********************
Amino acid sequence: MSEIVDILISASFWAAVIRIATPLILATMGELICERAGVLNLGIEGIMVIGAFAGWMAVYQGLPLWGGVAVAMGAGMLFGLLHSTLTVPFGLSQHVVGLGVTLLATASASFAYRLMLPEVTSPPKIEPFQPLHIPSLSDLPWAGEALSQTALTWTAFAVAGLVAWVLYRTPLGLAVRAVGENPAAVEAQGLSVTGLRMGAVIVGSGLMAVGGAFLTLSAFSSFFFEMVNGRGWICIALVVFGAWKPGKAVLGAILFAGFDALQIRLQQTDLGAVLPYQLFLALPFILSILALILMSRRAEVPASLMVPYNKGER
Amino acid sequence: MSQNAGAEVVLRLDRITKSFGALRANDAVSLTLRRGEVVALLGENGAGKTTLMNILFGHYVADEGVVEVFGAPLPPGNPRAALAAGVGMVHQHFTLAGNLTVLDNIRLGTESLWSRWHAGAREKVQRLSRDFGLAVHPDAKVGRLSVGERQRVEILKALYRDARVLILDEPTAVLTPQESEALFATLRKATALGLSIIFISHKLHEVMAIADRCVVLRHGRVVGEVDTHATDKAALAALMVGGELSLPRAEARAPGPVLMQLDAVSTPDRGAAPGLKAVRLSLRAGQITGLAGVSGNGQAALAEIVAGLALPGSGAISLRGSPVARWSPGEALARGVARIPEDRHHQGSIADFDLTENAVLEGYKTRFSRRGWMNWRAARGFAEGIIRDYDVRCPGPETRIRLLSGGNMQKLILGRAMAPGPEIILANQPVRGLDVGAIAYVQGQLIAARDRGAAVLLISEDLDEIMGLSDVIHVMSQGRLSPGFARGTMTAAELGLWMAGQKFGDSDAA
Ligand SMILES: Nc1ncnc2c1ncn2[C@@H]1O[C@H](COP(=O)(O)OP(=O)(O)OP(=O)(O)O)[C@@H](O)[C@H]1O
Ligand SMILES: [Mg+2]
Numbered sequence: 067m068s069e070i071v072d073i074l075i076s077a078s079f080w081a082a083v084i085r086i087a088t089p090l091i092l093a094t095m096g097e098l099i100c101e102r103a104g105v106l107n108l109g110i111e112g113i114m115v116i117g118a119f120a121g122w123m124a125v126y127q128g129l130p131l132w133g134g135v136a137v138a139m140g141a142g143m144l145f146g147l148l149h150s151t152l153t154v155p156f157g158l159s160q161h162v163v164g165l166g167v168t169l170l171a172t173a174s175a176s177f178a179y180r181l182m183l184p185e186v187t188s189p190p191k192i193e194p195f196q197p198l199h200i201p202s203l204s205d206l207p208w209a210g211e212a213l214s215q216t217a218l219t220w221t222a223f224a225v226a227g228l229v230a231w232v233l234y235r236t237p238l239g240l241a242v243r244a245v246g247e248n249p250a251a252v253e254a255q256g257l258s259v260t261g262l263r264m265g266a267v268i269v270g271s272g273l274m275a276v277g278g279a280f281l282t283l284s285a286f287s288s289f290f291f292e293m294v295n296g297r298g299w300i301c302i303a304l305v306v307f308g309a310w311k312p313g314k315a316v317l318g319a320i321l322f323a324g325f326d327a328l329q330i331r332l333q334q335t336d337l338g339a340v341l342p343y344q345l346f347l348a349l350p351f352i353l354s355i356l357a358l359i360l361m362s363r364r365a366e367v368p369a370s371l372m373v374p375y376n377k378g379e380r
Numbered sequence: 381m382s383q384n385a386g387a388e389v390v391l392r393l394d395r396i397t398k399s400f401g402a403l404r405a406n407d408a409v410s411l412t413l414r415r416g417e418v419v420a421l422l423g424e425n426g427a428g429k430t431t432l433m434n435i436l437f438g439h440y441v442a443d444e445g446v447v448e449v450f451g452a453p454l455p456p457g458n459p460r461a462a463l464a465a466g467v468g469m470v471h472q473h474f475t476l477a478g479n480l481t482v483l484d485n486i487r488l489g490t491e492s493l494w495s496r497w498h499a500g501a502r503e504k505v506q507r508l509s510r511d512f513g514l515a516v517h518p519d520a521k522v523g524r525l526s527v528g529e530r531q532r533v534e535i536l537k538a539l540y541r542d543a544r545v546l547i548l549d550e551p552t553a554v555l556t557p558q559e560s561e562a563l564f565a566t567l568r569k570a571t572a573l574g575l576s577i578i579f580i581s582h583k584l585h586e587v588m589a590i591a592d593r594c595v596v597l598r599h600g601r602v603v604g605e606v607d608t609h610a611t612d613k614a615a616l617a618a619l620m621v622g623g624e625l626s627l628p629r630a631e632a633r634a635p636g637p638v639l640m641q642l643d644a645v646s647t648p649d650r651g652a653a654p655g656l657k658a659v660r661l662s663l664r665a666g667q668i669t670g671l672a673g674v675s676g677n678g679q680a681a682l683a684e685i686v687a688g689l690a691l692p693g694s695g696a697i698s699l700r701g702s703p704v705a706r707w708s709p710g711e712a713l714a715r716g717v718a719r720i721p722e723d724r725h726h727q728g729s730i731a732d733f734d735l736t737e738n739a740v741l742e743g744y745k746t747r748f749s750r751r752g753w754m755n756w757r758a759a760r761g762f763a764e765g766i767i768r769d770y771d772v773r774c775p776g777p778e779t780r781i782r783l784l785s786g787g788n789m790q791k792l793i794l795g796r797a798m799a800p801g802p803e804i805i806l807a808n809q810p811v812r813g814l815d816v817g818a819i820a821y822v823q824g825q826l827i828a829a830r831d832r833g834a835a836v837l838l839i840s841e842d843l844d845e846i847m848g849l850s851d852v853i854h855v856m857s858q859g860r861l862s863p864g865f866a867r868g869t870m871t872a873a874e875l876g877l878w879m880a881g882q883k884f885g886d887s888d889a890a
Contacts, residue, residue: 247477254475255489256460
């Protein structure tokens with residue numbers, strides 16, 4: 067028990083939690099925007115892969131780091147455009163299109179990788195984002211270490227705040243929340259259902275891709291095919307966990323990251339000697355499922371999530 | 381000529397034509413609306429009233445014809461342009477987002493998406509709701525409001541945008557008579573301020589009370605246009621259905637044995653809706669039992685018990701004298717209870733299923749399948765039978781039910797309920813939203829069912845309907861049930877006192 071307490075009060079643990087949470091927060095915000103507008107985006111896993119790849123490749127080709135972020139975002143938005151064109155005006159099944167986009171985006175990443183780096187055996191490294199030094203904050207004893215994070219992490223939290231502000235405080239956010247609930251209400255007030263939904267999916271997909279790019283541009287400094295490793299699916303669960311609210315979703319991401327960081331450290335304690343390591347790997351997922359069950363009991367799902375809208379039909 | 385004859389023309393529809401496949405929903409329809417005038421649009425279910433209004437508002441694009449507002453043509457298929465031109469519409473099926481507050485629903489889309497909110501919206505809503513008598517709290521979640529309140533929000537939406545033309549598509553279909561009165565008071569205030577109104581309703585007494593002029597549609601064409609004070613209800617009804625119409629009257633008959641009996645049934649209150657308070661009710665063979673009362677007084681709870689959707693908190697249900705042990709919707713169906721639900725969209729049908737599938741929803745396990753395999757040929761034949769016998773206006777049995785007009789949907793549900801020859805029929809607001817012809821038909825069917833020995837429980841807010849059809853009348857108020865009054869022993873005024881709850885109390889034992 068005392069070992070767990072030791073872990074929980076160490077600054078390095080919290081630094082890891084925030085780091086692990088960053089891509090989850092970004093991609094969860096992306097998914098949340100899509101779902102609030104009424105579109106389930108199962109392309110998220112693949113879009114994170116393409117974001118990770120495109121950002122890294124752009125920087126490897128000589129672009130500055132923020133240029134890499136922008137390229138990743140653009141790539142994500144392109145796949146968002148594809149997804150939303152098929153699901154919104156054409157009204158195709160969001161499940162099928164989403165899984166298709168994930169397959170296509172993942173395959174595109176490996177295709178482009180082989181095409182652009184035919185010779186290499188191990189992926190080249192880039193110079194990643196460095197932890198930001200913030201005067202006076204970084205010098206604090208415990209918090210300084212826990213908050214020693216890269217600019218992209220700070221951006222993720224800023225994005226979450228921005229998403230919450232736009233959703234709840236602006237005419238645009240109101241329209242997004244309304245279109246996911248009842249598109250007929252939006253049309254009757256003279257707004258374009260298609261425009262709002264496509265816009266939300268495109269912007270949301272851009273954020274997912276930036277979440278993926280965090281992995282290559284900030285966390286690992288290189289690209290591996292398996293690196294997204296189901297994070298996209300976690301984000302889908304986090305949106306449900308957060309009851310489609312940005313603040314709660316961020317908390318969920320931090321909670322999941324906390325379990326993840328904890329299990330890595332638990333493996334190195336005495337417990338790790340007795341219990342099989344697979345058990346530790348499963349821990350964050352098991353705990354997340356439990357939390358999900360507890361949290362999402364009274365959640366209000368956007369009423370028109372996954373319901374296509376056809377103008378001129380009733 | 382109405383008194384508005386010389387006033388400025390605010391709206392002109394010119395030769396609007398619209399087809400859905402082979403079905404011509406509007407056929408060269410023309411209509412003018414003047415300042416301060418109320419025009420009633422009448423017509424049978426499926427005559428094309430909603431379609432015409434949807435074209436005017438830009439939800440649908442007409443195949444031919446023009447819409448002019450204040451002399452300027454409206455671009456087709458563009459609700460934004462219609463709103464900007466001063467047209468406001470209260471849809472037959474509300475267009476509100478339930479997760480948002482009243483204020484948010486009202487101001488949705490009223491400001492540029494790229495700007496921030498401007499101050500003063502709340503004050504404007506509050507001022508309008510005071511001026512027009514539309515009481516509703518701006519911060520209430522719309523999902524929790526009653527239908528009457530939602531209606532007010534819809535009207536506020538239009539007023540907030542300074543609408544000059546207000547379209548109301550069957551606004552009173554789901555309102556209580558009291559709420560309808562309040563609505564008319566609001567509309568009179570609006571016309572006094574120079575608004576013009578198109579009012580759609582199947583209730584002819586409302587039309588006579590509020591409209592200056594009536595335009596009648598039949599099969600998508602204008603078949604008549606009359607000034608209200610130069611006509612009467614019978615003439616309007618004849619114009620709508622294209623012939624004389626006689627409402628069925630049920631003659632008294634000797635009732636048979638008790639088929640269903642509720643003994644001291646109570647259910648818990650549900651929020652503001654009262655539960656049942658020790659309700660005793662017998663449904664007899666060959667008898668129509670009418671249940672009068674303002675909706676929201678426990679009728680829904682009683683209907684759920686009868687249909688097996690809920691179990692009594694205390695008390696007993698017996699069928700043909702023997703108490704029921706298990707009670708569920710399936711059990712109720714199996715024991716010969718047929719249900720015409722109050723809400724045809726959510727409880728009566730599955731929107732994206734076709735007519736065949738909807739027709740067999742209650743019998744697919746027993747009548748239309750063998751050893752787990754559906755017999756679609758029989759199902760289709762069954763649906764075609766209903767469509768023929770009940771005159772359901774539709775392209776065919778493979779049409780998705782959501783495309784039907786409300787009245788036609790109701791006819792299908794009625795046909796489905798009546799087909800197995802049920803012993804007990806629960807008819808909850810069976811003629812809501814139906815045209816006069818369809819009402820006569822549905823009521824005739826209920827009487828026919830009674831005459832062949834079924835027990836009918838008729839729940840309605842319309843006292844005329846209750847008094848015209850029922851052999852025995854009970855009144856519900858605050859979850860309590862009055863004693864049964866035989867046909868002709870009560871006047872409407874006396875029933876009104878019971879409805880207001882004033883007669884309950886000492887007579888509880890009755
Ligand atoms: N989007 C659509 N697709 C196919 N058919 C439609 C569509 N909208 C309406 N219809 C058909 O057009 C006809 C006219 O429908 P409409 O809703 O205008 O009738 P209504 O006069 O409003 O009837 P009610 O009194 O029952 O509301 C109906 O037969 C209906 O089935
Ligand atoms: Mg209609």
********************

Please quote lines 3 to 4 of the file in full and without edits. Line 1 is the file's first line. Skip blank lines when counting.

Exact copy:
Ligand SMILES: Nc1ncnc2c1ncn2[C@@H]1O[C@H](COP(=O)(O)OP(=O)(O)OP(=O)(O)O)[C@@H](O)[C@H]1O
Ligand SMILES: [Mg+2]